Mordanting the wool (from the french word mordant… My wife is french but I don’t find here “biting” or caustic… ).  This step helps the wool absorb the dye as well as changes the end color… all depending upon what is added.   I presoaked the wool (150 grams) for an hour than dissolved 12 grams of Alum and 10 grams of Tartaric Acid in 2 gallons of distilled water (mixed marriages do have their consequences… gallons mixed with grams… sorry).    Added the wool (wet) and simmered at 93º F. for an hour. I than removed the wool and let sit overnight to dry.


Here is the result from the first time… Dyed with cochineals (not spun).   I still love this color!

My first dyeing experience has not yet been replace with a better experience.  I loved the resulting color and  the idea that it came from a “bug”.

Let me come back to this weekend… (jesh… need to stop living in the past)

Black Bean Instructions:

Black bean dye gives a nice gray blue color when dying white wool.   It is also a very easy technique.   I added water to dry black beans (2 gallons of distilled water for one large sack of beans) .  I don’t believe you can do this with canned beans… in fact I bet that would make a huge mess.  (Maybe I will try it) I let this sit 24 hours then removed the beans… (I made refried beans by cooking  the beans then adding bacon, onions, and garlic and frying… no wasted food for this dye)


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This is what the color looks like.   It has a purple hue and well looks disgusting.

I warmed up the bean water to about 140 and added the yarn.  I let this soak for several hours.   The first time I let the yarn soak  until I got the color I wanted…  below is an example of the white wool color.


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This is a sample of white wool dyed with black beans.  (I was going to crochet a hat but stopped so it is now just a color sample)

I really like the blue color from black beans… but the gray wool didn’t take the blue in the same way. I left it in the dye for about 3 hours and  It actually turned to a “blackish” color… who would guess black beans making something black.


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Pulled out before it went completely black…

Later in the post I will show the yarn made from the combination of both but in the above picture you can see how dark the gray became.   (I wont lie… I was a bit disappointed)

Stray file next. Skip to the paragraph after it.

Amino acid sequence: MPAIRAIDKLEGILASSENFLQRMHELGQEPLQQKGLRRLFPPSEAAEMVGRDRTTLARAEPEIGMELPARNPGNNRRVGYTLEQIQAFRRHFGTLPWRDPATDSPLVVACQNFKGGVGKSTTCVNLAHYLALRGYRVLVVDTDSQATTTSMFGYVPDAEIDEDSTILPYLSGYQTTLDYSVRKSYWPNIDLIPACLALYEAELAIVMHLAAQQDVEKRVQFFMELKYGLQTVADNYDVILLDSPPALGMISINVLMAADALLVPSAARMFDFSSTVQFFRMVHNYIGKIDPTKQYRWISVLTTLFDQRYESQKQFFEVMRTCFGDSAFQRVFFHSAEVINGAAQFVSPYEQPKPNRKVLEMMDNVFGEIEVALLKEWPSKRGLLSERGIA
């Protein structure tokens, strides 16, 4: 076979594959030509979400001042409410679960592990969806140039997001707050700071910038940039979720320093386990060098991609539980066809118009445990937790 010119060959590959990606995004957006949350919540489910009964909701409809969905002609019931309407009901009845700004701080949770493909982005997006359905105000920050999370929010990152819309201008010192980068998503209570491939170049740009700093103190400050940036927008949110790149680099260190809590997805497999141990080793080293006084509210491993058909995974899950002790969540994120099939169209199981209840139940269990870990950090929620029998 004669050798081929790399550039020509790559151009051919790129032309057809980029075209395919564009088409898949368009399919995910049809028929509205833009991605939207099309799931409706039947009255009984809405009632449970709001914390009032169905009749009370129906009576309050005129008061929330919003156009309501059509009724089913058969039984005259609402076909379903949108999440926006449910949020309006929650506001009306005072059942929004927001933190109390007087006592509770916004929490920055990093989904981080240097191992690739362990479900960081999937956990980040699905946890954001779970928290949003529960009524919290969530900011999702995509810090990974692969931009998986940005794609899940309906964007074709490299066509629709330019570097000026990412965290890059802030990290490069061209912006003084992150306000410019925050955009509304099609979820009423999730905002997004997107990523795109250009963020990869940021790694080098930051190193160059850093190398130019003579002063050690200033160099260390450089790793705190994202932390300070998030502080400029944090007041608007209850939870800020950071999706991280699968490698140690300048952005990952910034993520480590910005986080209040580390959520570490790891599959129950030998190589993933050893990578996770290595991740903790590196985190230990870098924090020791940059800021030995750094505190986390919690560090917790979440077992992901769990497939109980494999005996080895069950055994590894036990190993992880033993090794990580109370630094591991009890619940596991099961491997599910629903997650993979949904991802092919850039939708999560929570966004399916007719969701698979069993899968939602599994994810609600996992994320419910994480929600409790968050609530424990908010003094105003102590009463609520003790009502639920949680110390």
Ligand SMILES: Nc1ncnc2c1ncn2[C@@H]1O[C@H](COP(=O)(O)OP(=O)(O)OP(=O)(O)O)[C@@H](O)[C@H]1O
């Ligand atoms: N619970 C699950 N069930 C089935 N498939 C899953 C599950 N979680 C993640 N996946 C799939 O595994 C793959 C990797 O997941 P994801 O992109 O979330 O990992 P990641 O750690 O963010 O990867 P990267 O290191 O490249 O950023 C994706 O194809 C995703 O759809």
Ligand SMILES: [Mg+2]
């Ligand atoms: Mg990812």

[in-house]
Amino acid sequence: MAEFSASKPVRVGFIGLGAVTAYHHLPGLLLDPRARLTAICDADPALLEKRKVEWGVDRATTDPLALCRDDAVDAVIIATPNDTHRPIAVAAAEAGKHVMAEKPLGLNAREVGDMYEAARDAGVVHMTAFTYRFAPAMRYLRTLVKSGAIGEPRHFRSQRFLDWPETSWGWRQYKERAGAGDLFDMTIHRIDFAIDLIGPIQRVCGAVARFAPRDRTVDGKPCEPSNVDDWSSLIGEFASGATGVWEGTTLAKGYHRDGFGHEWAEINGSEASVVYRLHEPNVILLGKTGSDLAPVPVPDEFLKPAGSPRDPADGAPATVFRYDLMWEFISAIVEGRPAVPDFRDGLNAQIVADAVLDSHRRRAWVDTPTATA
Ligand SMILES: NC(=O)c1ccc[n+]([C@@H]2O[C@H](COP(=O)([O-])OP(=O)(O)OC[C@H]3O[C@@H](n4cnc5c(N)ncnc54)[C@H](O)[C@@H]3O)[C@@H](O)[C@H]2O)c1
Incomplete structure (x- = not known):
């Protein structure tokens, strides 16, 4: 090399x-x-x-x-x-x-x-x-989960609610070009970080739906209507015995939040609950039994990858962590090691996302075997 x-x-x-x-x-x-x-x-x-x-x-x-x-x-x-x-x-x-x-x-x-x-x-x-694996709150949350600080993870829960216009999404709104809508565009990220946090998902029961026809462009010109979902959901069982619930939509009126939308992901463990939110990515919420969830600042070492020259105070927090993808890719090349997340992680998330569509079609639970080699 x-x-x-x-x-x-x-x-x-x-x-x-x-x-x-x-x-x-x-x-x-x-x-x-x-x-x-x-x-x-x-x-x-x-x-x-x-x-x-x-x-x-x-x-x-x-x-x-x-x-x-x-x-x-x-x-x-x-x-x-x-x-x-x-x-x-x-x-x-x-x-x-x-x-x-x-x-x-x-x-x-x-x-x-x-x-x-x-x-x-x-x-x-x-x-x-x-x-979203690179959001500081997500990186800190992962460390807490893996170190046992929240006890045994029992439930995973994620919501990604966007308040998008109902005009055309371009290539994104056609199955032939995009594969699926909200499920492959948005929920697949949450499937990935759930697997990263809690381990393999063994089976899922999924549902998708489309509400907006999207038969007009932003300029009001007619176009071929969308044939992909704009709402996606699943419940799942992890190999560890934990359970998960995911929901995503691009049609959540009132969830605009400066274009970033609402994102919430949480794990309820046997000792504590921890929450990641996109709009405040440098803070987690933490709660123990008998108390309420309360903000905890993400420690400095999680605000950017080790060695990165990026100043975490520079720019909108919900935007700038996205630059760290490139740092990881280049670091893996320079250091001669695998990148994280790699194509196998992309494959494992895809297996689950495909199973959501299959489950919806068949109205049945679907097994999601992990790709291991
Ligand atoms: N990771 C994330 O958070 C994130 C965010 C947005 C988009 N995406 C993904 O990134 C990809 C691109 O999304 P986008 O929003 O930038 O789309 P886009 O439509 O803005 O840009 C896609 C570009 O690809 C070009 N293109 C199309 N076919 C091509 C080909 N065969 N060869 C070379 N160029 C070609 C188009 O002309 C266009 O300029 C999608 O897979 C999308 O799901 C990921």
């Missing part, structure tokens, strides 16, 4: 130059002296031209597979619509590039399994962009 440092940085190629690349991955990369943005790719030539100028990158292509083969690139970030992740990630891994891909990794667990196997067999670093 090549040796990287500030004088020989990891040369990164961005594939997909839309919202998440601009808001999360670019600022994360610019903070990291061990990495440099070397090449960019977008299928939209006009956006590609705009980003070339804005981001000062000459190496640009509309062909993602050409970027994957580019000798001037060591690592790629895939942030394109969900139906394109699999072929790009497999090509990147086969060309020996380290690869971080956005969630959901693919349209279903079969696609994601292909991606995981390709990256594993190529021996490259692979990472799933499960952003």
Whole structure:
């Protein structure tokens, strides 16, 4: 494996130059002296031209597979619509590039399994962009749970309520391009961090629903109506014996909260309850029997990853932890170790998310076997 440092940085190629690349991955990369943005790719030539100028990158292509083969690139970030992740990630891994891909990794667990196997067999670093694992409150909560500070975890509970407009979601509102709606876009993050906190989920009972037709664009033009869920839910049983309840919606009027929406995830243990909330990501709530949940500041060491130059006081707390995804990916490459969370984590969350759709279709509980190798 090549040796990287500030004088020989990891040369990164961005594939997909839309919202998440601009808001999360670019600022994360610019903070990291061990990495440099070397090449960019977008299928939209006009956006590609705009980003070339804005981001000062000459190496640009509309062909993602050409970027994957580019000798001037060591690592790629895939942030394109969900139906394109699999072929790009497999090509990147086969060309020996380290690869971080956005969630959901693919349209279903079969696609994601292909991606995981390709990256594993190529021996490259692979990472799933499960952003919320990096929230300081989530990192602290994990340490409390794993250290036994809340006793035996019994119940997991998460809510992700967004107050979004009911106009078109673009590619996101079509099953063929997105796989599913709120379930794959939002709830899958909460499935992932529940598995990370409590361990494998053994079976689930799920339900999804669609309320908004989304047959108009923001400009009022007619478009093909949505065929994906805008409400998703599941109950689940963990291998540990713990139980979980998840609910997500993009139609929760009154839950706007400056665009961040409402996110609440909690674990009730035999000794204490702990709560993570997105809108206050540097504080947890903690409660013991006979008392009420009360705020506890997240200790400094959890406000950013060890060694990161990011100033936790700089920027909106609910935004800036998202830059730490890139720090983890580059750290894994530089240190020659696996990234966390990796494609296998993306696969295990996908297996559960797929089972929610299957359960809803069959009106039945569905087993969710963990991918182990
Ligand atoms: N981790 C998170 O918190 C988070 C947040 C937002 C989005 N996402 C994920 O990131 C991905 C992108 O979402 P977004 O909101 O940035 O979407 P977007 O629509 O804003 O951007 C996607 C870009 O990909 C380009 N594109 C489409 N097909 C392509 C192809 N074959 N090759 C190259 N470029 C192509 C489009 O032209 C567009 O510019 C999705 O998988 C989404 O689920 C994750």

Red Cabbage Instructions:

Red cabbage is much more fun to play with and you have your choice of colors by changing the acidity of the water.

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You cut up the cabbage place it in water and bring it to a boil.   The water will be a dark purple… this is the starting color.   I recommend doing this with your children or curious spouse (if they are curious… this kind of stresses Isabelle since she knows I can’t help making a mess).   You should remove the cabbage if you do not want to waste it.   I didn’t think about this until Ben (my 7 year old) asked me what smelt so good…. (weird kid… who thinks cabbage smells good).  With cabbage acid takes it to the red hues and base takes it to the blue/green hues.   I wanted blue/green so I added baking soda to the water.  Red Cabbage and Bean Dye 04

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I gradually added the backing soda and you can see the blue starting to happen.   (I don’t have exact amounts… just play with this).   I love the purple blue color.   It would make a really interesting yarn if you plied the two colors together… similar color to these cabbage leaves in the above picture.

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UMM… Sorry Ben… (who still wanted to eat the cabbage) this is what the cabbage looked like when it was finished cooking in the baking soda water.  I didn’t taste it nor did I allow Ben to try the cabbage… although I was kind of tempted.  Next time I will take the cabbage out first and will not waste it.

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I  added the yarn to the cabbage water and let it simmer for two hours (not to hot).   The color came to a gray-forest green color.   I was not sure that I like this color either.  Two fails… hmm… leaves me with only one option… combine the two by plying both colors together.  This way it is only one fail or maybe two negatives will make a positive.

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Here is the result…kind of a green gray. I am not sure that you can see the color well in the pictures…  let  me know what you think.

Quick Update (7/4)

I began a new scarf. with this yarn.. (the only thing I know how to knit… need to learn how to knit a sweater… next goal)  I think you can see the color better when it is knitted.

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Weekend lizard hunting and dancing